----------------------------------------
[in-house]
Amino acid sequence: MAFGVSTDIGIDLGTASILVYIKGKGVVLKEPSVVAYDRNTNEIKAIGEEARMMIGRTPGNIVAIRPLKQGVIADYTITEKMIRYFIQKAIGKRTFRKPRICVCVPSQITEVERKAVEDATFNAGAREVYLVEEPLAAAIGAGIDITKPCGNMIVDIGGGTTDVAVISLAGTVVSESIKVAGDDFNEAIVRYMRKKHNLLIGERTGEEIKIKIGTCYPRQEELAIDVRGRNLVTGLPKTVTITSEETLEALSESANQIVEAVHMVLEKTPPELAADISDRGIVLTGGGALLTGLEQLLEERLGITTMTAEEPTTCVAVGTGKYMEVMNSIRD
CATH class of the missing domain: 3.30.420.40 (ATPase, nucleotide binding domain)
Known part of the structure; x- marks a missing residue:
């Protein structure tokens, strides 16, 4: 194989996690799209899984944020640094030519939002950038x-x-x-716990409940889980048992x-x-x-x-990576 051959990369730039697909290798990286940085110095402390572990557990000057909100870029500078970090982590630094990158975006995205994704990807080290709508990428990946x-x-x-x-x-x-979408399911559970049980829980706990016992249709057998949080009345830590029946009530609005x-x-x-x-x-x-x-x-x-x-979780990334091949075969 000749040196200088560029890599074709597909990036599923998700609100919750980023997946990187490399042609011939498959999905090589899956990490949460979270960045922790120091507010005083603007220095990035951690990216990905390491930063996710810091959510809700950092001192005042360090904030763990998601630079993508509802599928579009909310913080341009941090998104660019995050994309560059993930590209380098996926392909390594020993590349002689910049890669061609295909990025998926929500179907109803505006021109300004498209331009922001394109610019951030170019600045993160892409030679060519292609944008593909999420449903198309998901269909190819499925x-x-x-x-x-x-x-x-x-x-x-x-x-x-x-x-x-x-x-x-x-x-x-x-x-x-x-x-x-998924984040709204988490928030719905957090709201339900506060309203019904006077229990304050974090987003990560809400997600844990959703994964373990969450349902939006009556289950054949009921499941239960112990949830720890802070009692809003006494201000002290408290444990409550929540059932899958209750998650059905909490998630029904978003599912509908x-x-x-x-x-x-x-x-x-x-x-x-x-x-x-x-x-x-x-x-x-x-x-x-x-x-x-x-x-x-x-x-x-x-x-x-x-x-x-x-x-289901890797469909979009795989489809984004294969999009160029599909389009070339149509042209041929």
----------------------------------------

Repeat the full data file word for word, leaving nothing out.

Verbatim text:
[in-house]
Amino acid sequence: MAFGVSTDIGIDLGTASILVYIKGKGVVLKEPSVVAYDRNTNEIKAIGEEARMMIGRTPGNIVAIRPLKQGVIADYTITEKMIRYFIQKAIGKRTFRKPRICVCVPSQITEVERKAVEDATFNAGAREVYLVEEPLAAAIGAGIDITKPCGNMIVDIGGGTTDVAVISLAGTVVSESIKVAGDDFNEAIVRYMRKKHNLLIGERTGEEIKIKIGTCYPRQEELAIDVRGRNLVTGLPKTVTITSEETLEALSESANQIVEAVHMVLEKTPPELAADISDRGIVLTGGGALLTGLEQLLEERLGITTMTAEEPTTCVAVGTGKYMEVMNSIRD
CATH class of the missing domain: 3.30.420.40 (ATPase, nucleotide binding domain)
Known part of the structure; x- marks a missing residue:
């Protein structure tokens, strides 16, 4: 194989996690799209899984944020640094030519939002950038x-x-x-716990409940889980048992x-x-x-x-990576 051959990369730039697909290798990286940085110095402390572990557990000057909100870029500078970090982590630094990158975006995205994704990807080290709508990428990946x-x-x-x-x-x-979408399911559970049980829980706990016992249709057998949080009345830590029946009530609005x-x-x-x-x-x-x-x-x-x-979780990334091949075969 000749040196200088560029890599074709597909990036599923998700609100919750980023997946990187490399042609011939498959999905090589899956990490949460979270960045922790120091507010005083603007220095990035951690990216990905390491930063996710810091959510809700950092001192005042360090904030763990998601630079993508509802599928579009909310913080341009941090998104660019995050994309560059993930590209380098996926392909390594020993590349002689910049890669061609295909990025998926929500179907109803505006021109300004498209331009922001394109610019951030170019600045993160892409030679060519292609944008593909999420449903198309998901269909190819499925x-x-x-x-x-x-x-x-x-x-x-x-x-x-x-x-x-x-x-x-x-x-x-x-x-x-x-x-x-998924984040709204988490928030719905957090709201339900506060309203019904006077229990304050974090987003990560809400997600844990959703994964373990969450349902939006009556289950054949009921499941239960112990949830720890802070009692809003006494201000002290408290444990409550929540059932899958209750998650059905909490998630029904978003599912509908x-x-x-x-x-x-x-x-x-x-x-x-x-x-x-x-x-x-x-x-x-x-x-x-x-x-x-x-x-x-x-x-x-x-x-x-x-x-x-x-x-289901890797469909979009795989489809984004294969999009160029599909389009070339149509042209041929």